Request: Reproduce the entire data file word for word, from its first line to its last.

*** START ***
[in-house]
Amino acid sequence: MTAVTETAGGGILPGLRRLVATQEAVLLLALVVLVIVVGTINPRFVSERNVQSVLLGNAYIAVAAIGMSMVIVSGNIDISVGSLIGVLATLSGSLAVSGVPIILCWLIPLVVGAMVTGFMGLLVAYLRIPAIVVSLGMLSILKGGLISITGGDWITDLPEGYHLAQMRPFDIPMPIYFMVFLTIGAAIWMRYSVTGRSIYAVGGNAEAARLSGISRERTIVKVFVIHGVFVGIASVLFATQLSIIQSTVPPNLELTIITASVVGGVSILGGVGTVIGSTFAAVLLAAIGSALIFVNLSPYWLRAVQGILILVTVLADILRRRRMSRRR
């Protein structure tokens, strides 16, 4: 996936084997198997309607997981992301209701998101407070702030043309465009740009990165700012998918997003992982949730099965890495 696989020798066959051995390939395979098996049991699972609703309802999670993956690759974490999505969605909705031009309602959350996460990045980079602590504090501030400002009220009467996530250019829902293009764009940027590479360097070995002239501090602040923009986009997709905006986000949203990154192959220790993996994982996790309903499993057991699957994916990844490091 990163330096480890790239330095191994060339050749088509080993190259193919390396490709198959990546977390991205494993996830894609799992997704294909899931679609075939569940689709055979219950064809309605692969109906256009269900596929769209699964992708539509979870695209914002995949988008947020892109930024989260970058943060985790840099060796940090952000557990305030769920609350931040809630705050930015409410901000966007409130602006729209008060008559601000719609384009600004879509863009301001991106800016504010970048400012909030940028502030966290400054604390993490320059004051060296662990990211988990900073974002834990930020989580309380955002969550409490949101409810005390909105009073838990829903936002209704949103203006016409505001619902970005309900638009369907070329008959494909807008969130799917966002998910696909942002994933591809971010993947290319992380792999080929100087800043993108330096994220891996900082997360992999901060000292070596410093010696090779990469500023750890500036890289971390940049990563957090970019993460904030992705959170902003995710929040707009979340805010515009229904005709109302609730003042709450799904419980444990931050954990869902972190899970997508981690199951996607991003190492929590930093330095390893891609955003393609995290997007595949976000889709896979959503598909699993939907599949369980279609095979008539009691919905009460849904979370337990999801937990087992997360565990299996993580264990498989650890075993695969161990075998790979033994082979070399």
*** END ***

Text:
[in-house]
Amino acid sequence: MTAVTETAGGGILPGLRRLVATQEAVLLLALVVLVIVVGTINPRFVSERNVQSVLLGNAYIAVAAIGMSMVIVSGNIDISVGSLIGVLATLSGSLAVSGVPIILCWLIPLVVGAMVTGFMGLLVAYLRIPAIVVSLGMLSILKGGLISITGGDWITDLPEGYHLAQMRPFDIPMPIYFMVFLTIGAAIWMRYSVTGRSIYAVGGNAEAARLSGISRERTIVKVFVIHGVFVGIASVLFATQLSIIQSTVPPNLELTIITASVVGGVSILGGVGTVIGSTFAAVLLAAIGSALIFVNLSPYWLRAVQGILILVTVLADILRRRRMSRRR
């Protein structure tokens, strides 16, 4: 996936084997198997309607997981992301209701998101407070702030043309465009740009990165700012998918997003992982949730099965890495 696989020798066959051995390939395979098996049991699972609703309802999670993956690759974490999505969605909705031009309602959350996460990045980079602590504090501030400002009220009467996530250019829902293009764009940027590479360097070995002239501090602040923009986009997709905006986000949203990154192959220790993996994982996790309903499993057991699957994916990844490091 990163330096480890790239330095191994060339050749088509080993190259193919390396490709198959990546977390991205494993996830894609799992997704294909899931679609075939569940689709055979219950064809309605692969109906256009269900596929769209699964992708539509979870695209914002995949988008947020892109930024989260970058943060985790840099060796940090952000557990305030769920609350931040809630705050930015409410901000966007409130602006729209008060008559601000719609384009600004879509863009301001991106800016504010970048400012909030940028502030966290400054604390993490320059004051060296662990990211988990900073974002834990930020989580309380955002969550409490949101409810005390909105009073838990829903936002209704949103203006016409505001619902970005309900638009369907070329008959494909807008969130799917966002998910696909942002994933591809971010993947290319992380792999080929100087800043993108330096994220891996900082997360992999901060000292070596410093010696090779990469500023750890500036890289971390940049990563957090970019993460904030992705959170902003995710929040707009979340805010515009229904005709109302609730003042709450799904419980444990931050954990869902972190899970997508981690199951996607991003190492929590930093330095390893891609955003393609995290997007595949976000889709896979959503598909699993939907599949369980279609095979008539009691919905009460849904979370337990999801937990087992997360565990299996993580264990498989650890075993695969161990075998790979033994082979070399």